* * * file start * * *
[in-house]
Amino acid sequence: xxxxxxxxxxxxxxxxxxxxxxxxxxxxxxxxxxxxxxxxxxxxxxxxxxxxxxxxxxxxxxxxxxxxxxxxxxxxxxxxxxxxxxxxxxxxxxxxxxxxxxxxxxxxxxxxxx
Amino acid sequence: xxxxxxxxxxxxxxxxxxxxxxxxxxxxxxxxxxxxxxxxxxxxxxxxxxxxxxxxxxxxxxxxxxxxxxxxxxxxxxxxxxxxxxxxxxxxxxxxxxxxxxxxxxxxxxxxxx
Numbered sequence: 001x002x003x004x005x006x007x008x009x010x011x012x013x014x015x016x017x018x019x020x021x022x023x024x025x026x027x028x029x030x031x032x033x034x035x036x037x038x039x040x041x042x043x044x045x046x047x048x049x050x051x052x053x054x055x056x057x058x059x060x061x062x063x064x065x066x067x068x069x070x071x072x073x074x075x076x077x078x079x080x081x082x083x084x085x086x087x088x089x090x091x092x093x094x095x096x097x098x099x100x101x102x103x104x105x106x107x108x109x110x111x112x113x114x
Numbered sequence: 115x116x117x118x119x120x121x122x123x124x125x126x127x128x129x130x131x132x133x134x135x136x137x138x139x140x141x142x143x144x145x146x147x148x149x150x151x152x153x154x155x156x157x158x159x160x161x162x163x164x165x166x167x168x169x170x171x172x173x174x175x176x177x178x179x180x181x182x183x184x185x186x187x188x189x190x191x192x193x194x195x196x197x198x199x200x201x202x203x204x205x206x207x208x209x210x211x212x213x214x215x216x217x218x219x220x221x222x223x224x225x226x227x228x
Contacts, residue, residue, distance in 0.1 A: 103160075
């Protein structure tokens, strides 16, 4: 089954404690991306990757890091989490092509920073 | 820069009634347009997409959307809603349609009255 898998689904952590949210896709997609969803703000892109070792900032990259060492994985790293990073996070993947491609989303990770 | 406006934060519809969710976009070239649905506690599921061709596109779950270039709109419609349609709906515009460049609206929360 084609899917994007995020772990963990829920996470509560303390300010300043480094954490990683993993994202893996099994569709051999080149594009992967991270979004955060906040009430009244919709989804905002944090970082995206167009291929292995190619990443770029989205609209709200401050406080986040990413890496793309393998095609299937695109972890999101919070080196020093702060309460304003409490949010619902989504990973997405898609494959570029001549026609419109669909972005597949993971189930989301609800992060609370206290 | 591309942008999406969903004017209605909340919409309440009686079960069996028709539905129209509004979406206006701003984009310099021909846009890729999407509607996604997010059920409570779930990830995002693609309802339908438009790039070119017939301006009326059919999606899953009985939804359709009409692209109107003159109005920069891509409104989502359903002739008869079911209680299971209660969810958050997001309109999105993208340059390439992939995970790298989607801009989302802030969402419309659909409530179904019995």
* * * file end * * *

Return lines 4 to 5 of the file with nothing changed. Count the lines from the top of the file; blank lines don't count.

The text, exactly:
Numbered sequence: 001x002x003x004x005x006x007x008x009x010x011x012x013x014x015x016x017x018x019x020x021x022x023x024x025x026x027x028x029x030x031x032x033x034x035x036x037x038x039x040x041x042x043x044x045x046x047x048x049x050x051x052x053x054x055x056x057x058x059x060x061x062x063x064x065x066x067x068x069x070x071x072x073x074x075x076x077x078x079x080x081x082x083x084x085x086x087x088x089x090x091x092x093x094x095x096x097x098x099x100x101x102x103x104x105x106x107x108x109x110x111x112x113x114x
Numbered sequence: 115x116x117x118x119x120x121x122x123x124x125x126x127x128x129x130x131x132x133x134x135x136x137x138x139x140x141x142x143x144x145x146x147x148x149x150x151x152x153x154x155x156x157x158x159x160x161x162x163x164x165x166x167x168x169x170x171x172x173x174x175x176x177x178x179x180x181x182x183x184x185x186x187x188x189x190x191x192x193x194x195x196x197x198x199x200x201x202x203x204x205x206x207x208x209x210x211x212x213x214x215x216x217x218x219x220x221x222x223x224x225x226x227x228x